Here are the most important news, trends and analysis that investors need to start their trading day:
- Stocks set to fall after Wall Street's Fed-driven decline
- Central bankers indicate two rate hikes in 2023, no QE change
- Powell says jobs, inflation goals happening somewhat faster
- 11 Republican senators back bipartisan infrastructure plan
- CureVac tanks nearly 50% after disappointing Covid vaccine data
1. Stocks fall to slip after Wall Street's Fed-driven decline
Dow futures dropped more than 100 points Thursday, one day after the 30-stock average closed off 265 points, or nearly 0.8%, as the Federal Reserve moved up its timetable on interest rate hikes. The Dow on Wednesday afternoon had been down as much as 382 points during Fed Chairman Jerome Powell's post-meeting news conference, which started 30 minutes after the 2 p.m. ET release of the central bank's policy statement and projections. Like the Dow, the S&P 500 and Nasdaq saw their lows of the day around the same time. But their lower closes were less severe. The S&P 500 and Nasdaq remained less than 1% away from Monday's record closes. The Dow was more than 2% away from its last record close in early May.
2. Central bankers indicate two rate hikes in 2023, no QE change
The Fed on Wednesday left rates unchanged and made no mention of adjusting its massive Covid-era bond-buying quantitative easing program. Looking ahead, central bankers indicated two rate hikes in 2023. In March, they had expected no rates increases until at least 2024. The Fed on Wednesday also raised its inflation expectation to 3.4%, a full percentage point higher than the March projection. Wednesday's post-meeting policy statement continued to say that inflation pressures are "transitory," even as the most recent data on wholesale and consumers prices showed inflation surging a pace not seen in more than a decade. The 10-year Treasury yield ticked higher and lower Thursday morning, trading on either side of 1.57%. It was just below 1.5% moments before the Fed announcements.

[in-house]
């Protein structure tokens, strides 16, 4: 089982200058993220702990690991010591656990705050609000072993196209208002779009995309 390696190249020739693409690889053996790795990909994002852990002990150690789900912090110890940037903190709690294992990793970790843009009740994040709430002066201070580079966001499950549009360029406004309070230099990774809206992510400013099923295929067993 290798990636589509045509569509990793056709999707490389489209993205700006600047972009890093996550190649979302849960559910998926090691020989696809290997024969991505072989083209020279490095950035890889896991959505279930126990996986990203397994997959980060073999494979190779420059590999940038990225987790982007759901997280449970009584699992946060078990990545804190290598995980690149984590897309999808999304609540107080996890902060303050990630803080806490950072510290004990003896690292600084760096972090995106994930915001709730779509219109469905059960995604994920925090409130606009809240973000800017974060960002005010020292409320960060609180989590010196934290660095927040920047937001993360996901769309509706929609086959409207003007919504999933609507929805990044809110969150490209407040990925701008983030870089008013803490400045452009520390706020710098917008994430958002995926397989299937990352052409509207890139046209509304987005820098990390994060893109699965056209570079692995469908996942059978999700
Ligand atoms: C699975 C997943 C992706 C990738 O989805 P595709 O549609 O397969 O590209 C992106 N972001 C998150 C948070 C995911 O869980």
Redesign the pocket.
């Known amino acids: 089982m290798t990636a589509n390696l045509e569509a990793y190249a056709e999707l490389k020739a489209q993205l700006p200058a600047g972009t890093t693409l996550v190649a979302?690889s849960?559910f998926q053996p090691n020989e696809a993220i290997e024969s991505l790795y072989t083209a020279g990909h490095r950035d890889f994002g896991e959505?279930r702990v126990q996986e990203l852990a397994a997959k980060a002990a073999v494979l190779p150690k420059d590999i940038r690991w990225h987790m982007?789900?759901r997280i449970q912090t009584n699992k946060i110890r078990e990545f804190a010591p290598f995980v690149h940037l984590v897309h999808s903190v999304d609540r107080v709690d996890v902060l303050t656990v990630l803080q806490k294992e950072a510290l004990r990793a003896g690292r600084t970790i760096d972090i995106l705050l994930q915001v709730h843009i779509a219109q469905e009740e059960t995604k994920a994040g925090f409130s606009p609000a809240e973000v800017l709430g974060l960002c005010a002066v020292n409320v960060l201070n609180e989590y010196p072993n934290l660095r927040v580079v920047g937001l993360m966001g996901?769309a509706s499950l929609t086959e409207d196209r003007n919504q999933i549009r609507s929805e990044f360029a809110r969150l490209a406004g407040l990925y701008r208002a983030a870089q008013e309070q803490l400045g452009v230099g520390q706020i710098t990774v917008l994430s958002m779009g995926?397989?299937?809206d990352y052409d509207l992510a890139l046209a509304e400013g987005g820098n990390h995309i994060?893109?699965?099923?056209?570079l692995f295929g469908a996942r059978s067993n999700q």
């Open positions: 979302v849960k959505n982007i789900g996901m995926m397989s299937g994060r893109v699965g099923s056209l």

3. Powell says jobs, inflation goals happening somewhat faster
Powell said progress toward the Fed's dual employment and inflation goals were happening somewhat faster than expected. Central bankers raised their GDP expectations for this year to 7% from 6.5% previously. Their unemployment rate estimate remained unchanged at 4.5%. Taking a step back from Covid-era lows, the Labor Department reported Thursday morning that initial jobless claims rose to 412,000 last week. Economists had expected 360,000. Two weeks ago, new filings for unemployment benefits went below 400,000 for the first time since March 2020.
4. 11 Republican senators back bipartisan infrastructure plan
A bipartisan senators' group working on a $1 trillion infrastructure compromise has more than doubled to 21 members, a key threshold giving momentum to their push as President Joe Biden returns from overseas at a pivotal time for his big legislative priority. Eleven Republicans senators joined the effort. In the evenly split Senate, conservative West Virginia Democrat Joe Manchin, who supports the bipartisan measure, has stressed he wants to pass a package with GOP votes. Biden wants a bigger bill, more like what he proposed in his trimmed-down $1.7 billion American Jobs Plan. Leaving Geneva after Wednesday's meeting with Russian President Vladimir Putin, Biden said he has not seen the bipartisan bill yet, but his chief of staff believes "there's some room" for a deal with Republicans.
5. CureVac tanks nearly 50% after disappointing Covid vaccine data
CureVac shares plunged nearly 50% in Thursday's U.S. premarket, the morning after the German biopharma firm released disappointing preliminary results for its Covid vaccine candidate. It demonstrated an interim efficacy of 47% against the disease "of any severity," missing the main goal and throwing in doubt the potential delivery of hundreds of millions of doses to the European Union. While late-stage trials of the more than 90% effective Pfizer-BioNTech and Moderna vaccines were conducted when the original version of the coronavirus was dominant, real-world data has so far suggested only somewhat weaker protection against the new variants.